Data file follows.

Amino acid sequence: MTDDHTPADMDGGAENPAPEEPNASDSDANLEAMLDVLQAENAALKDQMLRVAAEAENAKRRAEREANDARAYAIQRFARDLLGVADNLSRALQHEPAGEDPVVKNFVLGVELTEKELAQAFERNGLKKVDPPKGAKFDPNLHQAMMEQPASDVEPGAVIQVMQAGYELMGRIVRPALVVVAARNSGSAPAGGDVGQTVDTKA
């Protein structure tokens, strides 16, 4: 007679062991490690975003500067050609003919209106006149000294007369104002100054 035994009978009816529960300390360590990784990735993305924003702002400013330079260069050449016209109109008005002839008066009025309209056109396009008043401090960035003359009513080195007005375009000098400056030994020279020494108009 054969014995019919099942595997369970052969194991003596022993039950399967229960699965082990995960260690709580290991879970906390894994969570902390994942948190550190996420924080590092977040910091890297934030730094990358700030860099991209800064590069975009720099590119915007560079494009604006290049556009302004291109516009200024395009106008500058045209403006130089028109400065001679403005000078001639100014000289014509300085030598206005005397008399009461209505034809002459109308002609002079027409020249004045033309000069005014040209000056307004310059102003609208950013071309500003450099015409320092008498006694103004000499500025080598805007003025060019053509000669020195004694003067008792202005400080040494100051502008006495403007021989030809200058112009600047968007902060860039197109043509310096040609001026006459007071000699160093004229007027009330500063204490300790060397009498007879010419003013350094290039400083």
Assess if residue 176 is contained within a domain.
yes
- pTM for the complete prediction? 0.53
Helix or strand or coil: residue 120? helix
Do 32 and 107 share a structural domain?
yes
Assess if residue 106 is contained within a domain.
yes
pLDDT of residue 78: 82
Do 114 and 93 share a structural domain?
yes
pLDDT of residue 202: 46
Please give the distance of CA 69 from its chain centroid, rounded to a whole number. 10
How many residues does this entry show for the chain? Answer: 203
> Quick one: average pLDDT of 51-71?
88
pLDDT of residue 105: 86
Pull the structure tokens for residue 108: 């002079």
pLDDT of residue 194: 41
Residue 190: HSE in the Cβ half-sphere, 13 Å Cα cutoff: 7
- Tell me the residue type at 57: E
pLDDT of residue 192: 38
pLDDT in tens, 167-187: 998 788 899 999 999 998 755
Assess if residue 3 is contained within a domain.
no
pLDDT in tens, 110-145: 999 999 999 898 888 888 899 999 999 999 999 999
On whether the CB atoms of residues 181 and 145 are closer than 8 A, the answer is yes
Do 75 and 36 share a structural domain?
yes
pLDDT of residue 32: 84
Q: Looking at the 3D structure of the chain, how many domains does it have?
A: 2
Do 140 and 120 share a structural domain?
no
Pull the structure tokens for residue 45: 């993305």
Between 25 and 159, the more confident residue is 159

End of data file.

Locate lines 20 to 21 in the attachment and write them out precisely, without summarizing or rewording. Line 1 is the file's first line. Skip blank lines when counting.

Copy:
Pull the structure tokens for residue 108: 């002079």
pLDDT of residue 194: 41